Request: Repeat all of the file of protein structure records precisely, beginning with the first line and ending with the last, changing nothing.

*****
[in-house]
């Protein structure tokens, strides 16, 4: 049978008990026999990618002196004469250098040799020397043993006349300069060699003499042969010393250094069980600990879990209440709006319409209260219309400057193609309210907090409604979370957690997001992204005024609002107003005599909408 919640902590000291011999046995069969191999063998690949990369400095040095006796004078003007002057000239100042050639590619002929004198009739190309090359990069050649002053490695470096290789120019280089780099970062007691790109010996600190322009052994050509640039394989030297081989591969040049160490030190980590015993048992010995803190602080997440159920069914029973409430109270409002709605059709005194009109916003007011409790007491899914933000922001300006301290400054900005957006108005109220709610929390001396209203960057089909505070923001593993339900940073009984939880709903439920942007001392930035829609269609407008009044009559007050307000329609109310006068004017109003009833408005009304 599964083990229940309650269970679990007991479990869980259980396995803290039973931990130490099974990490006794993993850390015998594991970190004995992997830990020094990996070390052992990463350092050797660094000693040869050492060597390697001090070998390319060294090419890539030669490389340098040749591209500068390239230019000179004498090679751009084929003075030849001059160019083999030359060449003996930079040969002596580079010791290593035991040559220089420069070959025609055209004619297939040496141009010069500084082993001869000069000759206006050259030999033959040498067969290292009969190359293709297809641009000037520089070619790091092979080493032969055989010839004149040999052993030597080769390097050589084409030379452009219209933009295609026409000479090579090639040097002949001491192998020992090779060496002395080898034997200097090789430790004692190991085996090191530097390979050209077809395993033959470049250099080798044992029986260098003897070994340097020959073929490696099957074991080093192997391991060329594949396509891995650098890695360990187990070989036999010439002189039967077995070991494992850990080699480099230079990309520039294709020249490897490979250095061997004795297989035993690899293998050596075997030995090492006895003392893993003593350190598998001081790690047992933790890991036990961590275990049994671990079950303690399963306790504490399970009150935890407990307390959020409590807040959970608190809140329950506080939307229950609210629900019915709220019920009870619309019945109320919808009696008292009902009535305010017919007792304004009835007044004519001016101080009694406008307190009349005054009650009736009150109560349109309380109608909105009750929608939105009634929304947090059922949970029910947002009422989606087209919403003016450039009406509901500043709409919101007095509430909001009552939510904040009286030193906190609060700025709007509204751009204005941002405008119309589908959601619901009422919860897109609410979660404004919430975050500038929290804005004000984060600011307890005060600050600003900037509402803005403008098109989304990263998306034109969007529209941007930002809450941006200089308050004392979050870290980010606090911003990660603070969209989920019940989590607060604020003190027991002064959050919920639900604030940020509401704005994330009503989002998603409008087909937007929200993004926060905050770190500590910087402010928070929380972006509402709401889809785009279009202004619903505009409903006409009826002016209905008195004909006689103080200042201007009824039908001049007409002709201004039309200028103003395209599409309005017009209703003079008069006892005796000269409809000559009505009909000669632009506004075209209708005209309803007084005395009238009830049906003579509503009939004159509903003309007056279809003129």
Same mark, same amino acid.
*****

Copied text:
[in-house]
């Protein structure tokens, strides 16, 4: 049978008990026999990618002196004469250098040799020397043993006349300069060699003499042969010393250094069980600990879990209440709006319409209260219309400057193609309210907090409604979370957690997001992204005024609002107003005599909408 919640902590000291011999046995069969191999063998690949990369400095040095006796004078003007002057000239100042050639590619002929004198009739190309090359990069050649002053490695470096290789120019280089780099970062007691790109010996600190322009052994050509640039394989030297081989591969040049160490030190980590015993048992010995803190602080997440159920069914029973409430109270409002709605059709005194009109916003007011409790007491899914933000922001300006301290400054900005957006108005109220709610929390001396209203960057089909505070923001593993339900940073009984939880709903439920942007001392930035829609269609407008009044009559007050307000329609109310006068004017109003009833408005009304 599964083990229940309650269970679990007991479990869980259980396995803290039973931990130490099974990490006794993993850390015998594991970190004995992997830990020094990996070390052992990463350092050797660094000693040869050492060597390697001090070998390319060294090419890539030669490389340098040749591209500068390239230019000179004498090679751009084929003075030849001059160019083999030359060449003996930079040969002596580079010791290593035991040559220089420069070959025609055209004619297939040496141009010069500084082993001869000069000759206006050259030999033959040498067969290292009969190359293709297809641009000037520089070619790091092979080493032969055989010839004149040999052993030597080769390097050589084409030379452009219209933009295609026409000479090579090639040097002949001491192998020992090779060496002395080898034997200097090789430790004692190991085996090191530097390979050209077809395993033959470049250099080798044992029986260098003897070994340097020959073929490696099957074991080093192997391991060329594949396509891995650098890695360990187990070989036999010439002189039967077995070991494992850990080699480099230079990309520039294709020249490897490979250095061997004795297989035993690899293998050596075997030995090492006895003392893993003593350190598998001081790690047992933790890991036990961590275990049994671990079950303690399963306790504490399970009150935890407990307390959020409590807040959970608190809140329950506080939307229950609210629900019915709220019920009870619309019945109320919808009696008292009902009535305010017919007792304004009835007044004519001016101080009694406008307190009349005054009650009736009150109560349109309380109608909105009750929608939105009634929304947090059922949970029910947002009422989606087209919403003016450039009406509901500043709409919101007095509430909001009552939510904040009286030193906190609060700025709007509204751009204005941002405008119309589908959601619901009422919860897109609410979660404004919430975050500038929290804005004000984060600011307890005060600050600003900037509402803005403008098109989304990263998306034109969007529209941007930002809450941006200089308050004392979050870290980010606090911003990660603070969209989920019940989590607060604020003190027991002064959050919920639900604030940020509401704005994330009503989002998603409008087909937007929200993004926060905050770190500590910087402010928070929380972006509402709401889809785009279009202004619903505009409903006409009826002016209905008195004909006689103080200042201007009824039908001049007409002709201004039309200028103003395209599409309005017009209703003079008069006892005796000269409809000559009505009909000669632009506004075209209708005209309803007084005395009238009830049906003579509503009939004159509903003309007056279809003129």
Same mark, same amino acid.